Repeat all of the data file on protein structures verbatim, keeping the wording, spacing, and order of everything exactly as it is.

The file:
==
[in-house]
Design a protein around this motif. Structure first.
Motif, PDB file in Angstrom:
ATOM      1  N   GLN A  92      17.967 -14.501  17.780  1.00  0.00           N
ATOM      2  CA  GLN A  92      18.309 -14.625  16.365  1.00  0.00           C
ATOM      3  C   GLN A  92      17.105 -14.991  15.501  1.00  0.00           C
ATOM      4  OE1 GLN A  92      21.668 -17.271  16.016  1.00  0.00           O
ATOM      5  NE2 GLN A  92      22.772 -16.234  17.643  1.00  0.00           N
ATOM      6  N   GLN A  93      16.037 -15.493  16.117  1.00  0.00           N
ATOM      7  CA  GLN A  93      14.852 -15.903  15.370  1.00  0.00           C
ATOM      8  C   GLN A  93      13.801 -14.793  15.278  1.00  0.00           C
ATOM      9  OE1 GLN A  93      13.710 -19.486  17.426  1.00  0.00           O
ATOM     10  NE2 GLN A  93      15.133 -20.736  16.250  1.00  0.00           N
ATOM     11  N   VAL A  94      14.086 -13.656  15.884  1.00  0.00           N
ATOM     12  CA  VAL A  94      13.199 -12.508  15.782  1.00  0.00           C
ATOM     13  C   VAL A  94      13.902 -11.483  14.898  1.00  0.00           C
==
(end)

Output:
[in-house]
Design a protein around this motif. Structure first.
Motif, PDB file in Angstrom:
ATOM      1  N   GLN A  92      17.967 -14.501  17.780  1.00  0.00           N
ATOM      2  CA  GLN A  92      18.309 -14.625  16.365  1.00  0.00           C
ATOM      3  C   GLN A  92      17.105 -14.991  15.501  1.00  0.00           C
ATOM      4  OE1 GLN A  92      21.668 -17.271  16.016  1.00  0.00           O
ATOM      5  NE2 GLN A  92      22.772 -16.234  17.643  1.00  0.00           N
ATOM      6  N   GLN A  93      16.037 -15.493  16.117  1.00  0.00           N
ATOM      7  CA  GLN A  93      14.852 -15.903  15.370  1.00  0.00           C
ATOM      8  C   GLN A  93      13.801 -14.793  15.278  1.00  0.00           C
ATOM      9  OE1 GLN A  93      13.710 -19.486  17.426  1.00  0.00           O
ATOM     10  NE2 GLN A  93      15.133 -20.736  16.250  1.00  0.00           N
ATOM     11  N   VAL A  94      14.086 -13.656  15.884  1.00  0.00           N
ATOM     12  CA  VAL A  94      13.199 -12.508  15.782  1.00  0.00           C
ATOM     13  C   VAL A  94      13.902 -11.483  14.898  1.00  0.00           C